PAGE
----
Depression and anxiety as predictors of 2-year cardiac events in patients with stable coronary artery disease
ABSTRACT Anxiety and depression are associated with mechanisms that promote atherosclerosis. Most recent studies of emotional disturbances in coronary artery disease (CAD) have focused on depression only.
To assess the 2-year cardiac prognostic importance of the DSM-IV-based diagnoses of major depressive disorder (MDD) and generalized anxiety disorder (GAD) and self-report measures of anxiety and depression and their co-occurrence.
Two-year follow-up of 804 patients with stable CAD (649 men) assessed using the Beck Depression Inventory II (BDI-II), the anxiety subscale of the Hospital Anxiety and Depression Scale (HADS-A), and the Structured Clinical Interview for DSM-IV (masked to self-reports) 2 months after acute coronary syndromes.
Major adverse cardiac events (MACEs) (cardiac death, myocardial infarction, cardiac arrest, or nonelective revascularization) in the 2 years after baseline.
Of the 804 patients, 57 (7.1%) met the criteria for MDD and 43 (5.3%) for GAD (11 [1.4%] had comorbidity); 220 (27.4%) had elevated BDI-II scores (> or = 14), and 333 (41.4%) had elevated HADS-A scores (> or = 8), with 21.1% overlap. MDD (odds ratio [OR], 2.85; 95% confidence interval [CI], 1.62-5.01), GAD (OR, 2.09; 95% CI, 1.08-4.05), elevated BDI-II (OR, 1.75; 95% CI, 1.21-2.54), elevated HADS-A score (OR, 1.67; 95% CI, 1.18-2.37), and continuous standardized scores on the BDI-II (OR, 1.34; 95% CI, 1.11-1.62) and the HADS-A (OR, 1.38; 95% CI, 1.16-1.63) all predicted MACEs. After covariate control, only the P value associated with the continuous BDI-II score increased to above .10. Most of the risk associated with elevated symptoms was in patients with psychiatric disorders. However, patients with comorbid MDD and GAD or elevated anxiety and depression symptoms were not at greater MACE risk than those with only 1 factor.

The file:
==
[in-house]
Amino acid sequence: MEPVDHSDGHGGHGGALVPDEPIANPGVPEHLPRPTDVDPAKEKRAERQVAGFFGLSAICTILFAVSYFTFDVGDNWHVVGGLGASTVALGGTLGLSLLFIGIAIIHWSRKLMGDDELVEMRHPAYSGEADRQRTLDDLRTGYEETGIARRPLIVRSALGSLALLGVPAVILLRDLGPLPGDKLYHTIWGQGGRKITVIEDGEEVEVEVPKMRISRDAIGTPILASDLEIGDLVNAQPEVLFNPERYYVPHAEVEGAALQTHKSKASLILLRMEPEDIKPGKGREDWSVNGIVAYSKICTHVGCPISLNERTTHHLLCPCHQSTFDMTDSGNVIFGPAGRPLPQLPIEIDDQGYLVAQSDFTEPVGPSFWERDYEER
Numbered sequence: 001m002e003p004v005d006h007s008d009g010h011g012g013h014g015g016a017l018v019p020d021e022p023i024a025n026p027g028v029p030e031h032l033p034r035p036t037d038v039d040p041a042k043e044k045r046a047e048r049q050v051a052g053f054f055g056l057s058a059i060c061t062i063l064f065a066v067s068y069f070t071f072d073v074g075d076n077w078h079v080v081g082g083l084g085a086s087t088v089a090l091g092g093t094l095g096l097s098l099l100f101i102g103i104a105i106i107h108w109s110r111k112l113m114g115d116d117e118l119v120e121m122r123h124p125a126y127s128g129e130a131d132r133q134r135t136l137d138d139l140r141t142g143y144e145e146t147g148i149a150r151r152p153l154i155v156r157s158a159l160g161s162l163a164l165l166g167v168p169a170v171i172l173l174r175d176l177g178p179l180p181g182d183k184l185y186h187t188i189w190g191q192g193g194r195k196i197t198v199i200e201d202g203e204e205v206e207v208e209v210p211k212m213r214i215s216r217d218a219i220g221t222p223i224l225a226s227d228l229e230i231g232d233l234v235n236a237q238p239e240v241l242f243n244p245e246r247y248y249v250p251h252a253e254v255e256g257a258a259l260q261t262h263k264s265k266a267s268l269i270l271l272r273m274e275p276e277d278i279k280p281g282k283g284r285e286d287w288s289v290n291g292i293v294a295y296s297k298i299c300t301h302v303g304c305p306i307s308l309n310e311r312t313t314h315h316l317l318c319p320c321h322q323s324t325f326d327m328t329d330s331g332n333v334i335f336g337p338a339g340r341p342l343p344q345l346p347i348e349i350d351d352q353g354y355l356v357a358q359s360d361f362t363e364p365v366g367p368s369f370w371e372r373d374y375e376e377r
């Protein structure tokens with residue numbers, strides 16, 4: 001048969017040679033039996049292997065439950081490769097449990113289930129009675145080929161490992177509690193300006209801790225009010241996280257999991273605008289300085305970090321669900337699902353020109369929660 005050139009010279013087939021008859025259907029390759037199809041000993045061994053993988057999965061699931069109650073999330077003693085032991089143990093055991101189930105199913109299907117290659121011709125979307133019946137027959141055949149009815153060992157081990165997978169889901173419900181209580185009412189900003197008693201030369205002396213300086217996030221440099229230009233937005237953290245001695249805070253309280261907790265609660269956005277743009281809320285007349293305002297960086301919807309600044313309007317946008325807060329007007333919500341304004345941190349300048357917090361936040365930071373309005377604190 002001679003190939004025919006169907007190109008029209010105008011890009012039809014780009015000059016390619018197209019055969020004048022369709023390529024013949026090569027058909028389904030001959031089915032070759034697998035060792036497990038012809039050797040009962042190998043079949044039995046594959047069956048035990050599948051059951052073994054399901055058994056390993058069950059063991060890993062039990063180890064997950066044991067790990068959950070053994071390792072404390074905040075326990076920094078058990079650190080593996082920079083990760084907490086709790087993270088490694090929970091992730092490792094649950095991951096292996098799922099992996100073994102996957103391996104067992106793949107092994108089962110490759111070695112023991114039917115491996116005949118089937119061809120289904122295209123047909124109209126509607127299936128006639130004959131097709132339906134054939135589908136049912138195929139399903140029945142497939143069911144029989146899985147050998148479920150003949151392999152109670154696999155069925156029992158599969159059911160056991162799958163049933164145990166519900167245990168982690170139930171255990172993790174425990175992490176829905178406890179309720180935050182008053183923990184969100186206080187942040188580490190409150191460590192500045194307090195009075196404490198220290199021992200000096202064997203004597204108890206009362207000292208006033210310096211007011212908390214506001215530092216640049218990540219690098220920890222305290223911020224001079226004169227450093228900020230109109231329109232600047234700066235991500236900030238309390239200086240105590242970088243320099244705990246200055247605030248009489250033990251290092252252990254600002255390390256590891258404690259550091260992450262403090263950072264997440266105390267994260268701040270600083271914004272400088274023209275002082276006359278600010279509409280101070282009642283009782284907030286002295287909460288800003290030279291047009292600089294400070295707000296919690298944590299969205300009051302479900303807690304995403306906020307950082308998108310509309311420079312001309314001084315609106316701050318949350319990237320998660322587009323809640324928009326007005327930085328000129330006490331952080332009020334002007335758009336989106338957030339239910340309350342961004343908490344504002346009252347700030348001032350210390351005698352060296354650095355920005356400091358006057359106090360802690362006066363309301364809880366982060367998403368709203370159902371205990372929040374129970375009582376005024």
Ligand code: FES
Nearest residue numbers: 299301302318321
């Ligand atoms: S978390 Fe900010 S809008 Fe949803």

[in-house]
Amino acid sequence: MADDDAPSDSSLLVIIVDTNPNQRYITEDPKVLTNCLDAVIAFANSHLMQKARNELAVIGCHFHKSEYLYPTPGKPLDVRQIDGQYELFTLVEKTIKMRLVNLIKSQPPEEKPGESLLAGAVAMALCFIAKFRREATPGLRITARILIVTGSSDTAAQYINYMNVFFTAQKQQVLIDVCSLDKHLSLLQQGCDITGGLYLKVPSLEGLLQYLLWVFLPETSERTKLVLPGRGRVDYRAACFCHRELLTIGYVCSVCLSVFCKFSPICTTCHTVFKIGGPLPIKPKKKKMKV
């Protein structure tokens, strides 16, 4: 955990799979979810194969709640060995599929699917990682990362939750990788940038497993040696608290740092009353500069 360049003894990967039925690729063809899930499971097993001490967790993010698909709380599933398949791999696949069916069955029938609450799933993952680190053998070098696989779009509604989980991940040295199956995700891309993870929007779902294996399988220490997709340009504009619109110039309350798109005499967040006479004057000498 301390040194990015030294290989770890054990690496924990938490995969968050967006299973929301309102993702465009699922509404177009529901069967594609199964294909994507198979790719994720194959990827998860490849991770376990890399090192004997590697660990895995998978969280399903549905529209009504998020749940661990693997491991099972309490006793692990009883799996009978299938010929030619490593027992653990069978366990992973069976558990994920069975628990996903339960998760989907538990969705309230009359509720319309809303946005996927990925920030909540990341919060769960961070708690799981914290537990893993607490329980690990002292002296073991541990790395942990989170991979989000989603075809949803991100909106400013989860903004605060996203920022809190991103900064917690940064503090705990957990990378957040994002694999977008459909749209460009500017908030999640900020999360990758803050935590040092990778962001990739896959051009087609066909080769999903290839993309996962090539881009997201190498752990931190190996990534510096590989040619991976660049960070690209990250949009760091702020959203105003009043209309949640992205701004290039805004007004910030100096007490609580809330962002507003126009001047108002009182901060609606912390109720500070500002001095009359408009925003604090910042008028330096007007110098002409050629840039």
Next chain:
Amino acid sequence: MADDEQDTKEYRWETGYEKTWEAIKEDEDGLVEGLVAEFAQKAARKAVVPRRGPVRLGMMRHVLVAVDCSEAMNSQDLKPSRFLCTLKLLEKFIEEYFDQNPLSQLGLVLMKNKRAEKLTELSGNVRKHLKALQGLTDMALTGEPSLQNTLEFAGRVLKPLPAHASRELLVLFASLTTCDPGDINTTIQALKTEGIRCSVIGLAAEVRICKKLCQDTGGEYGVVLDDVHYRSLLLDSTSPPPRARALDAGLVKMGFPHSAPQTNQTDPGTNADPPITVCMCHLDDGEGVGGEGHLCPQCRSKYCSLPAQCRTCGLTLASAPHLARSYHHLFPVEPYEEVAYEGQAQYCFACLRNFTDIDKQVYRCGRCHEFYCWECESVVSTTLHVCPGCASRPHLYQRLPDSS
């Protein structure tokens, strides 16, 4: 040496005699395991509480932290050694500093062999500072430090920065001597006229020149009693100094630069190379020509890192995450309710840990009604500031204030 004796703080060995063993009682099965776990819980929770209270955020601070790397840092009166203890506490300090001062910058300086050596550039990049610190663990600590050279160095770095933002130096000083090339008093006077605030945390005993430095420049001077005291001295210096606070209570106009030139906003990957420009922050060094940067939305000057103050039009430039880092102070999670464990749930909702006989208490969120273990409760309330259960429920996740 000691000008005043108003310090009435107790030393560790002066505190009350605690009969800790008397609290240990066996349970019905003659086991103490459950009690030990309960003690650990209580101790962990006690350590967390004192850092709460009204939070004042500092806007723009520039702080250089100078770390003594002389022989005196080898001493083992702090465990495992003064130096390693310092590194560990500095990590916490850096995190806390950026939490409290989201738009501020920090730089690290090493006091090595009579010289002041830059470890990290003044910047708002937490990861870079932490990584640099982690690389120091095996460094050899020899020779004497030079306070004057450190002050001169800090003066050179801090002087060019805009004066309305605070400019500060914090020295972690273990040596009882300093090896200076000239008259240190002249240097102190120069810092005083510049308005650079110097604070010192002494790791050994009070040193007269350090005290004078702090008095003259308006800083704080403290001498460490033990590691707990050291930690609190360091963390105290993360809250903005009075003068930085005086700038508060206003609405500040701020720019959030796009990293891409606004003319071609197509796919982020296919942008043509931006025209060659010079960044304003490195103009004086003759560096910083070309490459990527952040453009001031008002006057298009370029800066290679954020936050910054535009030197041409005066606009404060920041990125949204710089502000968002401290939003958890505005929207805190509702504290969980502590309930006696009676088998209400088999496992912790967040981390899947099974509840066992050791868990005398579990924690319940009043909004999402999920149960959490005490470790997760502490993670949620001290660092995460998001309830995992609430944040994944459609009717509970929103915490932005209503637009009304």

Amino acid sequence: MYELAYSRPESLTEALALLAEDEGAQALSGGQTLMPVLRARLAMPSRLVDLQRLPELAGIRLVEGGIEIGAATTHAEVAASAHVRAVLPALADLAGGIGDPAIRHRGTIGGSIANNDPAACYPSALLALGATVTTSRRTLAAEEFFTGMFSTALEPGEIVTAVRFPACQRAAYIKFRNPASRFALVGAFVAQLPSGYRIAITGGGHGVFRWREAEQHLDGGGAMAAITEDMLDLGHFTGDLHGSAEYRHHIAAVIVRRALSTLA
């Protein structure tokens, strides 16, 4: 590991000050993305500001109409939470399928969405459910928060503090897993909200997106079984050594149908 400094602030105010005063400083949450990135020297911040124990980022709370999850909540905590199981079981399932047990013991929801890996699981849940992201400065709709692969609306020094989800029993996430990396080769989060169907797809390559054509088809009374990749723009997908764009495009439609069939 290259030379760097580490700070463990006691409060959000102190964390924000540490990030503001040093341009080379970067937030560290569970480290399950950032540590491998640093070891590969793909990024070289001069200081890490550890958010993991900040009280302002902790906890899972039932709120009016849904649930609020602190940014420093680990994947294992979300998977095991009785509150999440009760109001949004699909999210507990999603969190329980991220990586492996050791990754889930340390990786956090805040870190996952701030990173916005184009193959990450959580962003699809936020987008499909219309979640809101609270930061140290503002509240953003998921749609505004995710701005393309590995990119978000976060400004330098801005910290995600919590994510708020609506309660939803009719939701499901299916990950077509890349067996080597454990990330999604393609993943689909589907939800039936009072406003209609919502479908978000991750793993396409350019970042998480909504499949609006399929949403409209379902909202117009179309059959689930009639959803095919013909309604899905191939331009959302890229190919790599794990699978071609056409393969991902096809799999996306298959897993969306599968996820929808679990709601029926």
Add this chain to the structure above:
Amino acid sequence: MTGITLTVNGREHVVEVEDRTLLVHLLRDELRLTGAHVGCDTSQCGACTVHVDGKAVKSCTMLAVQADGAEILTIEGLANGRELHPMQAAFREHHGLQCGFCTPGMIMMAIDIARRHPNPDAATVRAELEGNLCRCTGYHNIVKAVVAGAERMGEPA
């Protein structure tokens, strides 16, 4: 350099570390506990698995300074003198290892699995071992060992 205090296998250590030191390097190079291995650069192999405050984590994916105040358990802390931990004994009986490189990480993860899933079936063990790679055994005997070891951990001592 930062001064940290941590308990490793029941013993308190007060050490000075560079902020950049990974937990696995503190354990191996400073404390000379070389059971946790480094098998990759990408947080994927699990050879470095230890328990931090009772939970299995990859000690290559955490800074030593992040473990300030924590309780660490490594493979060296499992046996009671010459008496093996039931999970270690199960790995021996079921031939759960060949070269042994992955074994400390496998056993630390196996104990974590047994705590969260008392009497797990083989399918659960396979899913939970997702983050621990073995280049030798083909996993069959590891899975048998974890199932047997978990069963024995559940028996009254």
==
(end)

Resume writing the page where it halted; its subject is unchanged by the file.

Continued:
Anxiety and depression predict greater MACE risk in patients with stable CAD, supporting future research into common genetic, environmental, and pathophysiologic pathways and treatments.
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ABSTRACT: There has been increasing interest in the relationship between cardiac and metabolic conditions with mental illness. Many studies have found associations between these conditions and depression but results with anxiety disorders have been mixed. We explore these relationships in a nationally representative survey using physician diagnoses of physical conditions and DSM-IV psychiatric disorders. Data came from the nationally representative German Health Survey (N=4181, age 18-65). Physician diagnoses of angina, myocardial infarction, congestive heart, hypertension, dyslipidemia, diabetes, and obesity were examined in relation to depression and anxiety disorders, which were assessed through a modified version of the Composite International Diagnostic Interview. Multiple logistic regression analyses were used to examine the associations between these conditions. After adjusting for sociodemographics, psychiatric comorbidity, and substance use, having an anxiety disorder was associated with increased odds of cardiac conditions and metabolic risk factors with odds ratios ranging from 1.3 to 3.3. Depression was not associated with any of the conditions but was associated with poor medical compliance for health conditions on two outcomes measured. Anxiety was also associated with reduced medical compliance for one health behaviour measured. Anxiety disorders, but not depression, were associated with metabolic and cardiac conditions in our sample. Both conditions were related to some aspects of poor self-care for health conditions and therefore may be linked to negative outcomes. Copyright © 2015. Published by Elsevier Inc.General hospital psychiatry 04/2015; 37(4). DOI:10.1016/j.genhosppsych.2015.03.022 · 2.90 Impact Factor